The Islamic State terror group is adapting to the loss of its self-declared territorial caliphate by returning to its origins and becoming once again a more local, Iraq-focused insurgency, and is recruiting in remote border areas in Iraq’s western desert. But it still harbors ambitions to strike in the West, warn European officials and analysts.
Britain’s Security Minister Ben Wallace on Thursday warned that Islamic State and rival jihadists in al-Qaida remain a serious threat to the West. Exploiting the internet and social media platforms, IS can still recruit Westerners, and if not organize attacks itself at least inspire adherents to strike, he said.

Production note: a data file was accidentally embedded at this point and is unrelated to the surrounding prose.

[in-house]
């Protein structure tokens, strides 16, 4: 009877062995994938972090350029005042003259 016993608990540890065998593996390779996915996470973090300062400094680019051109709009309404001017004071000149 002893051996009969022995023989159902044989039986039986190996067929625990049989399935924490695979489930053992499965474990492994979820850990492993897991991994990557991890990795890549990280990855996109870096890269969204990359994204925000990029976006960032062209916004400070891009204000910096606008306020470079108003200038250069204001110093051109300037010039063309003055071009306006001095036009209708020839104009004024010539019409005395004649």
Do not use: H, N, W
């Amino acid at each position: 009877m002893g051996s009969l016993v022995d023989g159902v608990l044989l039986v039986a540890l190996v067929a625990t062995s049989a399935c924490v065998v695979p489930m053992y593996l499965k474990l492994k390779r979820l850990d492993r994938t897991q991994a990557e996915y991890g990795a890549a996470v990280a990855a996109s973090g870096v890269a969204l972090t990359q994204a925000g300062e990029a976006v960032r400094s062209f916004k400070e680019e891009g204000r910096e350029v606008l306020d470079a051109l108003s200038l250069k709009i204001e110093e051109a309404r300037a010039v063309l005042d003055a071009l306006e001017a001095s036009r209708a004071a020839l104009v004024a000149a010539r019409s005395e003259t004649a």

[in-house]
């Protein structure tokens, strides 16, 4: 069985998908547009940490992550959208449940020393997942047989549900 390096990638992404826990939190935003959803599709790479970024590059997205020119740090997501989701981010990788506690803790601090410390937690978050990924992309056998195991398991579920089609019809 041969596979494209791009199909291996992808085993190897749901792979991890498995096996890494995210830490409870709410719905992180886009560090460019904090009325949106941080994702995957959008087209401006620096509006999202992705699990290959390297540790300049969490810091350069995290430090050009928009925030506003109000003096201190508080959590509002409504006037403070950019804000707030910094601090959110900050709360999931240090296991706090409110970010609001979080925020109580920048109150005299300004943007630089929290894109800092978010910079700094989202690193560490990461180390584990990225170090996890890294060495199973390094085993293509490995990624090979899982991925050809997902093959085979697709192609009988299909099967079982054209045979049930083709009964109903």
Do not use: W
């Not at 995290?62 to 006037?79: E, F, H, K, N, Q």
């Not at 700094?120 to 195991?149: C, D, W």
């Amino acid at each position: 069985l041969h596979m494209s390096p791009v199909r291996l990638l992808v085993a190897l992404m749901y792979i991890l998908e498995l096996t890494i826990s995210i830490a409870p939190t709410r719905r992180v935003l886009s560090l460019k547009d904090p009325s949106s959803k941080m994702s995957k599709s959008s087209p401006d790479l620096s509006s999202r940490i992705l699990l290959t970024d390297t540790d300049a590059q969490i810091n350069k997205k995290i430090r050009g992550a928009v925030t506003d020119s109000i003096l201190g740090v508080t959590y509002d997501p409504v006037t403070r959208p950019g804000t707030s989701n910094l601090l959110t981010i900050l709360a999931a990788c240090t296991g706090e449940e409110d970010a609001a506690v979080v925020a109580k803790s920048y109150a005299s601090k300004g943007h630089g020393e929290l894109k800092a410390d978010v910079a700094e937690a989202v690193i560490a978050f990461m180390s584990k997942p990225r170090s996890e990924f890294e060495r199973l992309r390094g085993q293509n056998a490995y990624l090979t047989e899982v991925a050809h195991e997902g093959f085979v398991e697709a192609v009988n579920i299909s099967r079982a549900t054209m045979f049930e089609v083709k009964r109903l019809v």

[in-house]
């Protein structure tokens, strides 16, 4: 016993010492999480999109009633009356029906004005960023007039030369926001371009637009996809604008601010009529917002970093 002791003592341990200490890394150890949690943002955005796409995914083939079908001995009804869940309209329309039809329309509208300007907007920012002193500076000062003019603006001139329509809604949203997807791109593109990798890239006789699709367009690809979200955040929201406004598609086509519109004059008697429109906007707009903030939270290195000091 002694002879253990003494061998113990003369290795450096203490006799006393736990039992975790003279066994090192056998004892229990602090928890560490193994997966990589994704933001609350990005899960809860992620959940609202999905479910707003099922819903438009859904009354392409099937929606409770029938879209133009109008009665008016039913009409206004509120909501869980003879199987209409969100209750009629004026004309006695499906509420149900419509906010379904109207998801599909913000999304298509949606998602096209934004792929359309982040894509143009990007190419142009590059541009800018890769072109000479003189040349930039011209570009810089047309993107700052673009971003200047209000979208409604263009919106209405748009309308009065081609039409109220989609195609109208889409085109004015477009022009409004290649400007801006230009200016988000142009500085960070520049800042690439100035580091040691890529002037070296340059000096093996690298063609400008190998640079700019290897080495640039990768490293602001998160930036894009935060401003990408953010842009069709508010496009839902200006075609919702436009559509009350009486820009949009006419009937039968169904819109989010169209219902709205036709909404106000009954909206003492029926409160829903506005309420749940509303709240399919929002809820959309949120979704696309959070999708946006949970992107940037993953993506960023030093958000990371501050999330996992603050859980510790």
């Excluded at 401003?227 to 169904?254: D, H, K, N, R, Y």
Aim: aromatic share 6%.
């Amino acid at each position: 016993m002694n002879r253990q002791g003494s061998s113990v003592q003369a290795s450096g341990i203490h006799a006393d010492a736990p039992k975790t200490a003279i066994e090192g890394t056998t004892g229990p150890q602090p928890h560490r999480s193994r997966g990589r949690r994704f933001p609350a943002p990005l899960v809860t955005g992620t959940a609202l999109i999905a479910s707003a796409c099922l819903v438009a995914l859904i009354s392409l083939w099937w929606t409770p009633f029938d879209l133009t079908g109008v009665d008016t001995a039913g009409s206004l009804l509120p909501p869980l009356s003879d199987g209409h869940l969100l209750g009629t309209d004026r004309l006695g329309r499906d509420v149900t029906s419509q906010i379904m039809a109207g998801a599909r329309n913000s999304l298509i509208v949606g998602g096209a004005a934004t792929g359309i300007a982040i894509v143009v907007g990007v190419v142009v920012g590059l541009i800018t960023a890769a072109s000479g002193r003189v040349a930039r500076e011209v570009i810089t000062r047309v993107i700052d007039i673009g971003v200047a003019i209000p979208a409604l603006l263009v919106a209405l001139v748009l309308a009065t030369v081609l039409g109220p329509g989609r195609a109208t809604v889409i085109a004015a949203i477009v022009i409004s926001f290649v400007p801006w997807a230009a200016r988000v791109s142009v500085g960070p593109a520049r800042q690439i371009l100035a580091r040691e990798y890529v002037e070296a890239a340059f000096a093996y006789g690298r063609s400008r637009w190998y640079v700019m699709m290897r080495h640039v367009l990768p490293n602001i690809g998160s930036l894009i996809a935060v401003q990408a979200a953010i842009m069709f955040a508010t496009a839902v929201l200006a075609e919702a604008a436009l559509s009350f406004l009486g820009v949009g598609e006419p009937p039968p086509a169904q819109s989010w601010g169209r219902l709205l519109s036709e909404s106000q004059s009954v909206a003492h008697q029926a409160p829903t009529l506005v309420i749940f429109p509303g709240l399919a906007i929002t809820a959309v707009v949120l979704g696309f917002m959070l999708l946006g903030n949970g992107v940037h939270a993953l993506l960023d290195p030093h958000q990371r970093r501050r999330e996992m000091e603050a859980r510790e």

"That means that everyone has potentially an ISIS problem in every country around the world,” he told Britain’s Sky News. “It is a different type of threat because at the moment it's manifesting itself in lone actors.”
For security services the threat is unpredictable “because they have to watch one person who may be just literally talking to themselves on one day and the next day they'll go and grab a knife or a truck.”
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